Tara spent the morning jacked in, walking through 3-D wireframe displays of design modifications before submitting them to the review board. Dull work. While waiting for Chandler to come home from his luncheon meeting, Tara had cracked open the sliding balcony door, and a breeze drifted in, curling the vertical blinds.

She disconnected when Chandler came home, draping both wrists over his shoulders and tilting her face up to kiss him. She tasted curry and onions, spicy Indian food. A good sign, she thought; the Bengal Dawn cafe was expensive, not a restaurant chosen casually by disinterested clients.

Tara could tell by the excitement on his face that he had already made up his mind.

“It’s the Grand Canyon,” Chandler blurted. “They want me to recreate the Grand Canyon in ‘all its grandeur.’ Not the real canyon, but an idealized and enhanced version, the way it should be. All the strata, all the terrain. And it’s big, very big. Not just a slice of rainforest.”

Tara tried to share his excitement but did not quite understand. “How can you improve on the Grand Canyon?” she asked. “Isn’t the real thing spectacular enough?”

He shook his head, slipped his net-access plaque onto the synthetic marble countertop so he could gesture with his hands. “If they wanted the real thing, they could just set up some beam-splitters and a hologram generator and be done with it. They could even massage out the rimside resorts and the roads and the tourists to make it look pristine.

“They want me to use the real canyon as a foundation, but pump up the grandeur, make it so even the stodgiest urban cynic will gasp in awe at Nature’s majesty. It’s been six years since I hiked down into the canyon, and my own memories are rose-tinted with time. That’s the way I want to portray it.”

Chandler held out his hand, tentatively withdrew it in hesitation, then squeezed her own. “Hey, would it be all right if you helped me again? From Day One this time. We can brainstorm with the splitter. . .you can help me shape the project before I blunder down blind alleys.”

Tara felt as if she had been blindsided, but she leaped at the chance. “Sounds better than checking design mods. But I’ve never been to the Grand Canyon. Is that going to be a problem?”

I have,” he said, shaking his head, and gestured to the den, where the splitter hid behind the wall socket. “And I’ll share all the images with you. I can do a direct feed.”

Tara grabbed his hand and pulled him toward the workroom before he could change his mind. “Okay, Chandler, take me to the Grand Canyon.”

In the den workroom, they both affixed cables to their sockets, joined by the splitter. Tara leaned back, closing her dark eyes and letting a numbing swirl of images flood across to her: stark corkscrewing mesas sliced out by erosion, scrub brush, incredible sunsets like pastel fingerpaintings across a huge sky, roiling clumps of thunderheads, close-up strata in ocher and tan and green-gray and vermillion, the muddy violence of the Colorado River, and finally a crisp night full of stars—like the universe crammed into the narrow alley of sky visible up through the canyon’s towering walls.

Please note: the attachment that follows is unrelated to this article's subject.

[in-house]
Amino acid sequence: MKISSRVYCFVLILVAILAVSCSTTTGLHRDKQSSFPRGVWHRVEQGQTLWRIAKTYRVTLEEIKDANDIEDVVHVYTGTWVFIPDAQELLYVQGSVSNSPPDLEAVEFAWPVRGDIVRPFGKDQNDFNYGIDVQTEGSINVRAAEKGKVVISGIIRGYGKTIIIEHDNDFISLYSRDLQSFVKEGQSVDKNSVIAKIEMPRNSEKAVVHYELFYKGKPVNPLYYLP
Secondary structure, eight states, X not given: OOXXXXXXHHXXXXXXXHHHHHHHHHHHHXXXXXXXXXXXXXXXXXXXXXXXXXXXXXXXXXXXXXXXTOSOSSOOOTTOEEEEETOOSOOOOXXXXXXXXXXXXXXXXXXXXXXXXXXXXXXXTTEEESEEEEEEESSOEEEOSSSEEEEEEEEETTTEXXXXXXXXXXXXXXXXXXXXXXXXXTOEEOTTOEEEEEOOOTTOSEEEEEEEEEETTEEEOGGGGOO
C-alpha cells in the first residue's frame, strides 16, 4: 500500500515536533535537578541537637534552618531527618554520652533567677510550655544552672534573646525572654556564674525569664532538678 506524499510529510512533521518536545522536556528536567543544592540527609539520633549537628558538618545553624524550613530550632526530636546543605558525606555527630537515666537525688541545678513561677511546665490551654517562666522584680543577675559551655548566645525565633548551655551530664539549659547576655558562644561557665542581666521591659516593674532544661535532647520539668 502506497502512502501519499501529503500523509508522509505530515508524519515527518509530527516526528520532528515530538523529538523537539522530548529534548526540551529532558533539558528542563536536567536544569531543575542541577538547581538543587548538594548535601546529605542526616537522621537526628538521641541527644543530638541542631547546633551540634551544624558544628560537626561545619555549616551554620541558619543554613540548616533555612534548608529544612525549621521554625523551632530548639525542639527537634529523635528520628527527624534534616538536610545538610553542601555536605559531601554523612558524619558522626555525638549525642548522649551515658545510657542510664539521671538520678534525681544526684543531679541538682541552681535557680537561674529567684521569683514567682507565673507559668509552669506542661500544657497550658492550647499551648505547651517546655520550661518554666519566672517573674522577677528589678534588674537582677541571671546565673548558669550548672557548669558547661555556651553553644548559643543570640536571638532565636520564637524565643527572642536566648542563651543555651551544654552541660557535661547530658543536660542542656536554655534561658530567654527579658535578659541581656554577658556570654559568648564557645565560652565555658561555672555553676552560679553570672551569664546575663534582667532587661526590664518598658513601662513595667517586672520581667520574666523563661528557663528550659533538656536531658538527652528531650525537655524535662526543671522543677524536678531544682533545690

Her mind simply received the data; over the next day or so she would assimilate it, sort it out, and make sense of Chandler’s memories.

“There,” he said, disconnecting. “You know everything you need to see about the Grand Canyon.”

She sighed and smiled and blinked her eyes as the brilliant images continued to whirl across her forebrain. “It’s almost like I went with you.”


That night as she dreamed, Tara’s mind continued to shuffle the memories, unlocking more than Chandler had intended. She heard the crunch of leather hiking boots on the sun-baked trail, felt sweat prickle on her/his hairy arms, saw another woman close by, smiling and panting, sharing swigs from a lukewarm canteen as they paused under a shaded overhang, sleeping naked on top of their zipped-together sleeping bag, making love under the narrow alley of night sky framed by the canyon’s towering walls . . . .

Tara sat up abruptly, clammy sweat filming her skin. Beside her Chandler slept wound in a single sheet, the blanket tossed aside. “You went with Celine!” she said.

He jerked awake, blinking his eyes rapidly to focus. He scratched the jack socket at the back of his head. “What?” he said, rubbed his eyes, and looked at her. “What did you say?”

“You went with Celine to the Grand Canyon,” Tara repeated. “I dreamed it. It must have been tagged to the memories you shared with me. I got the whole experience, not just the edited version you handed over.”

Chandler’s expression rippled with concern, but not about the same thing. “There must have been some backwash in the transfer. Maybe the splitter—”

“You slept with her!” Tara said, startling herself with her anger. “You told me you were just friends, that she was an ‘old college acquaintance’ of yours. We’ve had her over for dinner half a dozen times and you never told me you two were screwing each other!”

Chandler kneaded a lump of the sheets, as if afraid to touch her. “Celine and I are just friends. We were only lovers for a week, during that trip, and it didn’t work out between us. That was a year before you and I started seeing each other. What does it matter now?”

Tara kept her voice low. “It wouldn’t matter, if you had told me. The fact that you kept it a secret means a hell of a lot.”